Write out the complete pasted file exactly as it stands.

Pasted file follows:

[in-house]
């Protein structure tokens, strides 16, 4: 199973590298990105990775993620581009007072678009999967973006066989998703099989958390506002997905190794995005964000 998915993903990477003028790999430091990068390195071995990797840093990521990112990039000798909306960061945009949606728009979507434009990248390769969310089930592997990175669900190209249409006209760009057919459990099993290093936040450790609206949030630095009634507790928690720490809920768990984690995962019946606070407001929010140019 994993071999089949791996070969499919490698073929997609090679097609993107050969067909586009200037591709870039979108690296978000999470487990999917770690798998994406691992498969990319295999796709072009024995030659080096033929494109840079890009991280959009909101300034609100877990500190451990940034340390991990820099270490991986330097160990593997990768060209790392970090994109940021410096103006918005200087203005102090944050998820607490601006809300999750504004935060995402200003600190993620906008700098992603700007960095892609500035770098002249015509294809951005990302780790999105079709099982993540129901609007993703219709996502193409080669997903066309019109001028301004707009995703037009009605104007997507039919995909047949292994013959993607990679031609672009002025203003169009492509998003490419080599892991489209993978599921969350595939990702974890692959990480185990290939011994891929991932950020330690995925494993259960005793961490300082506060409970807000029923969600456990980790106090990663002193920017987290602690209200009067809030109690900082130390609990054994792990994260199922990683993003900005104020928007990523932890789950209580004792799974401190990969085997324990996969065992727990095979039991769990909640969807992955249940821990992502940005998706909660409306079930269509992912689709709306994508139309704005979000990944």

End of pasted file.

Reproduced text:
[in-house]
């Protein structure tokens, strides 16, 4: 199973590298990105990775993620581009007072678009999967973006066989998703099989958390506002997905190794995005964000 998915993903990477003028790999430091990068390195071995990797840093990521990112990039000798909306960061945009949606728009979507434009990248390769969310089930592997990175669900190209249409006209760009057919459990099993290093936040450790609206949030630095009634507790928690720490809920768990984690995962019946606070407001929010140019 994993071999089949791996070969499919490698073929997609090679097609993107050969067909586009200037591709870039979108690296978000999470487990999917770690798998994406691992498969990319295999796709072009024995030659080096033929494109840079890009991280959009909101300034609100877990500190451990940034340390991990820099270490991986330097160990593997990768060209790392970090994109940021410096103006918005200087203005102090944050998820607490601006809300999750504004935060995402200003600190993620906008700098992603700007960095892609500035770098002249015509294809951005990302780790999105079709099982993540129901609007993703219709996502193409080669997903066309019109001028301004707009995703037009009605104007997507039919995909047949292994013959993607990679031609672009002025203003169009492509998003490419080599892991489209993978599921969350595939990702974890692959990480185990290939011994891929991932950020330690995925494993259960005793961490300082506060409970807000029923969600456990980790106090990663002193920017987290602690209200009067809030109690900082130390609990054994792990994260199922990683993003900005104020928007990523932890789950209580004792799974401190990969085997324990996969065992727990095979039991769990909640969807992955249940821990992502940005998706909660409306079930269509992912689709709306994508139309704005979000990944």